Projectiles, spin, momentum, and range

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MattK

[SOLVED] Projectiles, spin, momentum, and range

Greetings. I am simply seeking information regarding the matters of the subject line.

Here is the situation:

A spherical projectile (6mm pellet) is fired out of a device at say 400 feet per second. It is fired out level to the ground (as if you are aiming a gun at a target - no real trajectory above horizontal).

To complicate things, a backspin is placed on the projectile inside of the barrel... the backspin causing a change in pressure above the pellet as it spins, thus to some degree counteracting gravity.

So if I were to speculate on the different ranges (distances the pellet would travel before hitting the ground) of a pellet fired at 250 feet per second vs. one fired at 500 fps, what all would come into play?

Thanks for any input.
 

chroot

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Originally posted by MattK
the backspin causing a change in pressure above the pellet as it spins, thus to some degree counteracting gravity.
The spinning causes no pressure effects -- if it were to, it would affect the top and bottom equally. Bullets are spun by a rifle barrel not to "counteract gravity," but to make them aerodynamically stable. The spinning bullet takes advantage of gyroscopic rigidity in space, and resists its direction being changed by moving air.
So if I were to speculate on the different ranges (distances the pellet would travel before hitting the ground) of a pellet fired at 250 feet per second vs. one fired at 500 fps, what all would come into play?
If you neglect air resistance (which is non-linear -- it's quadratic in the velocity), the problem is simple. The bullet falls vertically at the same acceleration (9.8 m/s2) as anything else. You can calculate how long the bullet's in the air just as a function of how high above the ground it is fired. You can calculate the distance covered by multiplying its muzzle velocity by that time.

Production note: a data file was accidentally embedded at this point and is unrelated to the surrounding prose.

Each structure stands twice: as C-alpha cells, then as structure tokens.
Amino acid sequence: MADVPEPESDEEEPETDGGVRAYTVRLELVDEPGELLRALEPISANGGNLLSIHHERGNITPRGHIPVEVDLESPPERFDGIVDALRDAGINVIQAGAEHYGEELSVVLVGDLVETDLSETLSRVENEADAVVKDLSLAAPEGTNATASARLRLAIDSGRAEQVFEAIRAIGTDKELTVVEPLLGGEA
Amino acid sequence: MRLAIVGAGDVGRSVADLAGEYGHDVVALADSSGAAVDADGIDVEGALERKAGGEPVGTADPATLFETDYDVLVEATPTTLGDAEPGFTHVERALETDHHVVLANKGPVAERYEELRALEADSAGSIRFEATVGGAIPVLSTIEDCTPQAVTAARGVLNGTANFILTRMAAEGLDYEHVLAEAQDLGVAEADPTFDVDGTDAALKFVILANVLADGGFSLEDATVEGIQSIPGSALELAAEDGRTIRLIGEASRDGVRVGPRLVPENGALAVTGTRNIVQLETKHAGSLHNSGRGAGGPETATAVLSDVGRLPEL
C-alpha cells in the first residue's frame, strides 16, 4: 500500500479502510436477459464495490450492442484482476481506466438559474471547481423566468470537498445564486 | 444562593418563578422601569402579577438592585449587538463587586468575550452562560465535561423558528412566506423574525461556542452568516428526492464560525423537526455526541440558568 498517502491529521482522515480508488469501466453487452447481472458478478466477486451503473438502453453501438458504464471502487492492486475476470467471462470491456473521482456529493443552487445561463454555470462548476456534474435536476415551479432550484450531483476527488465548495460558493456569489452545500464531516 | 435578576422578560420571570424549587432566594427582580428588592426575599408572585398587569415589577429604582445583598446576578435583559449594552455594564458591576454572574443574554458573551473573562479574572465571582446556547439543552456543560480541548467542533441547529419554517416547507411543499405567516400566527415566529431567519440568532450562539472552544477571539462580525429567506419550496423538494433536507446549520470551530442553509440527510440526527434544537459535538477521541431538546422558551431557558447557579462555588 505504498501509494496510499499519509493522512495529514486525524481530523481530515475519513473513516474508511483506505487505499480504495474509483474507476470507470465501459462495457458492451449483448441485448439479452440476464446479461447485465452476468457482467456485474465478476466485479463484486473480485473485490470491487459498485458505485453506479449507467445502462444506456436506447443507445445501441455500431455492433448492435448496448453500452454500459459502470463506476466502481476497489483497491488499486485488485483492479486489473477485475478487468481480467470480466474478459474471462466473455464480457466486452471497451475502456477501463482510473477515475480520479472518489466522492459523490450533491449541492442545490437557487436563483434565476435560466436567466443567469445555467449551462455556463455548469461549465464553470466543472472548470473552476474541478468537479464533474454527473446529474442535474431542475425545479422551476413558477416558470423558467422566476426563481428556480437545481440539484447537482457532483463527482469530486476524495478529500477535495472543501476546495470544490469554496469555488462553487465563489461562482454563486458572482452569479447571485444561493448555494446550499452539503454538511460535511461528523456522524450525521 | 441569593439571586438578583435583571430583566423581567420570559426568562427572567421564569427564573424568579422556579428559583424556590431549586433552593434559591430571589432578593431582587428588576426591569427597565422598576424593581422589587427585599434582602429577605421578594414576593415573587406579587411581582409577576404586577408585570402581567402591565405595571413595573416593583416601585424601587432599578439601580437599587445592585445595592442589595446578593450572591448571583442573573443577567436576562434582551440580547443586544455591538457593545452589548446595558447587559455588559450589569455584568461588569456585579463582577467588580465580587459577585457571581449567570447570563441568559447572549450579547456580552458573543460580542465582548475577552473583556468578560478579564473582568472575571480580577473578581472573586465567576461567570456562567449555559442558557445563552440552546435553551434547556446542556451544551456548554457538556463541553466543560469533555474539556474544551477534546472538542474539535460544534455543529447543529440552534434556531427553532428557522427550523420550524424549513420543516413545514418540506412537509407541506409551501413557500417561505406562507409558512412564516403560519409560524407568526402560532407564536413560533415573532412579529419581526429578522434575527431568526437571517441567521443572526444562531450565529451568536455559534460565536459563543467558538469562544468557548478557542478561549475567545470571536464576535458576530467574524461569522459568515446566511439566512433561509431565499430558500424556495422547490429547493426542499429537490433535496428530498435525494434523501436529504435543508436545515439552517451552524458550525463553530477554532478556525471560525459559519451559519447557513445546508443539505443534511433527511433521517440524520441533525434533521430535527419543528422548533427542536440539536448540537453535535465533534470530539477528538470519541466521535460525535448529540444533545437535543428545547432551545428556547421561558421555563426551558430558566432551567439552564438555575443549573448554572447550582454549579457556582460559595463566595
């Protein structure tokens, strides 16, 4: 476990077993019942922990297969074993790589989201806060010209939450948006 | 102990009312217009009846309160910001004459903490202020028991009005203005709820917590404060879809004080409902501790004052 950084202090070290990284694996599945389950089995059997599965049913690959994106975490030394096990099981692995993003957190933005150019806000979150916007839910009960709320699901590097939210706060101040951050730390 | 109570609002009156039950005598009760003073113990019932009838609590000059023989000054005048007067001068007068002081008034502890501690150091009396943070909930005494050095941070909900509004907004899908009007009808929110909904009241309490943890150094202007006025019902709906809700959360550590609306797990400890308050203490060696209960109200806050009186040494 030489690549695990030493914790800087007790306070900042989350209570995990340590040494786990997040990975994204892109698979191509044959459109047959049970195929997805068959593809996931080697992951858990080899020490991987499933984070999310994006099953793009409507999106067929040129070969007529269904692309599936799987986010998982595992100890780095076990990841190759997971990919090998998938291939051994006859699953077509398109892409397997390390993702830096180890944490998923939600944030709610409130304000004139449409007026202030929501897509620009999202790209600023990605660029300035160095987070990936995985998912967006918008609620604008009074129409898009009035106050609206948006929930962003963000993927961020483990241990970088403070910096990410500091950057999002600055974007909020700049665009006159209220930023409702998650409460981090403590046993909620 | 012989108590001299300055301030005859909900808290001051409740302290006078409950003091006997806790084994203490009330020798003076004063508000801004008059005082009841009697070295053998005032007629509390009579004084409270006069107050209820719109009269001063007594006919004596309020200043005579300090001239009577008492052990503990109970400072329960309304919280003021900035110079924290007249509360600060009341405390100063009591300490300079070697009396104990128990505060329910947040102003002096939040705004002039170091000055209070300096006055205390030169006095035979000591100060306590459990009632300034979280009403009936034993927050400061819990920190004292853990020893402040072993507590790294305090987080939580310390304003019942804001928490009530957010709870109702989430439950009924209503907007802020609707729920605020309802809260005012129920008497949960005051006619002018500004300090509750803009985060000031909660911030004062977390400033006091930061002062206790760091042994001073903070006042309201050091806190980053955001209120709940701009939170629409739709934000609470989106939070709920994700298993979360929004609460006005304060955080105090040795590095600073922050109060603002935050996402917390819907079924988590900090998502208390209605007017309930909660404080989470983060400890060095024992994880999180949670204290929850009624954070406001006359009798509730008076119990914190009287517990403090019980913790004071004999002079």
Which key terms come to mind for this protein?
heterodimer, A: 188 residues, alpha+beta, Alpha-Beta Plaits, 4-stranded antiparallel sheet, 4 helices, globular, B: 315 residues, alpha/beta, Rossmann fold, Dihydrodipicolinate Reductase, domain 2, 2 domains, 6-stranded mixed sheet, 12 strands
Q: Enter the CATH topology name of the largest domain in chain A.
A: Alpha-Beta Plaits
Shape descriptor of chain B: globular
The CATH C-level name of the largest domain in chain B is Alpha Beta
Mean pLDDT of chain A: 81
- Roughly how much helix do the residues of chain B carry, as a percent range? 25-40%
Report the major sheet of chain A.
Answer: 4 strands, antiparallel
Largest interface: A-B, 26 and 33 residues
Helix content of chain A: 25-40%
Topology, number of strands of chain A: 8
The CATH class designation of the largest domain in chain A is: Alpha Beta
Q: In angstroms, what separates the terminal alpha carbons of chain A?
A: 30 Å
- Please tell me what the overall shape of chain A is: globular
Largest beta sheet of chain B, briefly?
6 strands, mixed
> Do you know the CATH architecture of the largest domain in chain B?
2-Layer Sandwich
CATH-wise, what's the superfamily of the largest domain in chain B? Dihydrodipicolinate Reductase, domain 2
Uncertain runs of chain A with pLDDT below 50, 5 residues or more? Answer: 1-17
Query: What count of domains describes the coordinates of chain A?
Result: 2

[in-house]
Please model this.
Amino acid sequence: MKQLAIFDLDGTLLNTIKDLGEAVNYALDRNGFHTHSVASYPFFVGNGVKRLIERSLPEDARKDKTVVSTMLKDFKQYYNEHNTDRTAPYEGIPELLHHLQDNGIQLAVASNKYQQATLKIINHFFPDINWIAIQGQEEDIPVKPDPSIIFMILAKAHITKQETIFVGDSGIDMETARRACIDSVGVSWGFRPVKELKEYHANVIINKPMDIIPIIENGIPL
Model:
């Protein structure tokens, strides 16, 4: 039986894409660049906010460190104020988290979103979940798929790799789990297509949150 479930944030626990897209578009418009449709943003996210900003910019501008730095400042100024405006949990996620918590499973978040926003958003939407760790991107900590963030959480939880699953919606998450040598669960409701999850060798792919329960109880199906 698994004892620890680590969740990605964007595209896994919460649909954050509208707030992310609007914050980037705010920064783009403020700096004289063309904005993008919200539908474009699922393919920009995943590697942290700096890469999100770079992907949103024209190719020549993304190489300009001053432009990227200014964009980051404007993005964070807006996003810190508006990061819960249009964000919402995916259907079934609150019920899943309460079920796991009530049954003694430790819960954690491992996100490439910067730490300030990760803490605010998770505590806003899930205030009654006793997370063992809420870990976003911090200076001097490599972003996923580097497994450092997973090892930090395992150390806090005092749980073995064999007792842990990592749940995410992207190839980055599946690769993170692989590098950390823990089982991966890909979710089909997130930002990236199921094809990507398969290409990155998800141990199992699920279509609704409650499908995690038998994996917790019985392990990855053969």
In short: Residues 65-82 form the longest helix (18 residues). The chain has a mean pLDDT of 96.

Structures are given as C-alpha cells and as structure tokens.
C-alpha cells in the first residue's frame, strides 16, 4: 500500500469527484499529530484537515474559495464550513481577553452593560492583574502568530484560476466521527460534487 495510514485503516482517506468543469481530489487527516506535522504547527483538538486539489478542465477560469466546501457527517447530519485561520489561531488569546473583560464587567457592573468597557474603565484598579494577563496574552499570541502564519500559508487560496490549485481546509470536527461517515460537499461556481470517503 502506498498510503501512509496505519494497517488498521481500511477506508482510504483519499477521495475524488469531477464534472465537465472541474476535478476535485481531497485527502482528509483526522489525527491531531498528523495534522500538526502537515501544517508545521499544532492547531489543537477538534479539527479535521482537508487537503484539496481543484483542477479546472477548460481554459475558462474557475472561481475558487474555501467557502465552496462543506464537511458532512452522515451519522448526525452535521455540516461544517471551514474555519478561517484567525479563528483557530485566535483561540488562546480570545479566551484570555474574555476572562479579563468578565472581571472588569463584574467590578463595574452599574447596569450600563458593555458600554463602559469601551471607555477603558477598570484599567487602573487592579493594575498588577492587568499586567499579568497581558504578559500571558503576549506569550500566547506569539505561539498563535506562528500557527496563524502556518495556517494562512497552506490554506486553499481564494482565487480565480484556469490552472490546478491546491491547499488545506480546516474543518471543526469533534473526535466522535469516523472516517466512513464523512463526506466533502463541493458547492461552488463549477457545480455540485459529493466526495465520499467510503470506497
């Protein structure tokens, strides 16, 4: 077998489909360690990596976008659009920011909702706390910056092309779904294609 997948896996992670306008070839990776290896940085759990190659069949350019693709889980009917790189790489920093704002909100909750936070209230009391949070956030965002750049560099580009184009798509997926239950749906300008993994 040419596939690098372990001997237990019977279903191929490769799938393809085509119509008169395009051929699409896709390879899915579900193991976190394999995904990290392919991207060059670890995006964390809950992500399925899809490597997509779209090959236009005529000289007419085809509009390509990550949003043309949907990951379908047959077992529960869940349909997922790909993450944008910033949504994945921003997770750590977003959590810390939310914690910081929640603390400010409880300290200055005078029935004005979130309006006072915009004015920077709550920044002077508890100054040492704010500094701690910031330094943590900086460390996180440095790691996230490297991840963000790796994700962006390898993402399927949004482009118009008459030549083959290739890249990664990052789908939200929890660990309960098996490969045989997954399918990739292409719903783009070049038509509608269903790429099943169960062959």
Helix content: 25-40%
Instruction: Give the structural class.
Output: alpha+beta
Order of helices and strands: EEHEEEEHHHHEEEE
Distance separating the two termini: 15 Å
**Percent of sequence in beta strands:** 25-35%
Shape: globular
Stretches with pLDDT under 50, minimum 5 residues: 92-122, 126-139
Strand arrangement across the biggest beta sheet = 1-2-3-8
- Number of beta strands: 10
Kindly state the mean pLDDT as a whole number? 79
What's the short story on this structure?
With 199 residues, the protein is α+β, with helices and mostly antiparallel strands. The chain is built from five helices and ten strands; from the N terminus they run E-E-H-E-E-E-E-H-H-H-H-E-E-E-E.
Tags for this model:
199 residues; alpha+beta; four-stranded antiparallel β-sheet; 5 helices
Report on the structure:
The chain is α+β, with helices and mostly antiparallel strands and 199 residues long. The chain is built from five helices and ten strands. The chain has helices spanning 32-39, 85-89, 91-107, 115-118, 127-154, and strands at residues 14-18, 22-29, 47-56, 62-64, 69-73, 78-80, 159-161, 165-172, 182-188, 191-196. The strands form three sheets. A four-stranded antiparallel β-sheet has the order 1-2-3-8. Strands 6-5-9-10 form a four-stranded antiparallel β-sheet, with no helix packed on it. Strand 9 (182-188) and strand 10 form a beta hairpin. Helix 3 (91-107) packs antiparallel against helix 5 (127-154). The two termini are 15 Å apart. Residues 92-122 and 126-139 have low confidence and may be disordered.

- Warren
 

MattK

Re: Re: Projectiles, spin, momentum, and range

Originally posted by chroot
The spinning causes no pressure effects -- if it were to, it would affect the top and bottom equally. Bullets are spun by a rifle barrel not to "counteract gravity," but to make them aerodynamically stable. The spinning bullet takes advantage of gyroscopic rigidity in space, and resists its direction being changed by moving air.
Its not rifling I am talking about. The pellets are sperical, and they have actual backspin on them. The backspin allows the air to move faster over the top surface of the BB, and slower over the bottom surface.. thus producing lift as seen in an airplane wing.
If you neglect air resistance (which is non-linear -- it's quadratic in the velocity), the problem is simple. The bullet falls vertically at the same acceleration (9.8 m/s2) as anything else. You can calculate how long the bullet's in the air just as a function of how high above the ground it is fired. You can calculate the distance covered by multiplying its muzzle velocity by that time.
But air resistance is in fact what I am interested in. :) Thanks.
 

damgo

The lift effect of spinning has a lot to do with the exact shape of the ball and turbulent flows around it -- this is part of the reason baseballs have seams IIRC. I think it's one of those really complicated fluid mechanics problems... I certainly don't know of any simple formulae or approximation for the effect.

Air resistance can be roughly given by the drag force

F = C*rho*v^2*A/2

where A is the area of the projectile (pi*r^2 here), rho is the density of the fluid (air), and C is the drag coefficient -- probably about 0.5.
 

chroot

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Yeah, the amount of life generated by the backspin will depend upon the specifics of the surface of the projectile. It seems that technically, if the projectile were a perfect sphere, it would not move the air around it at all, and would not generate any lift. In general, I wouldn't try to calculate the effect from first principles -- I would just measure it.

- Warren
 

LURCH

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As has been stated, the specific aerodynamics of the pellet is one factor that must be considered. Atmospheric conditions are also important. For example; on Mars, the pellet would actually fall faster than it would without backspin, and forward spin would cause it to climb.
 

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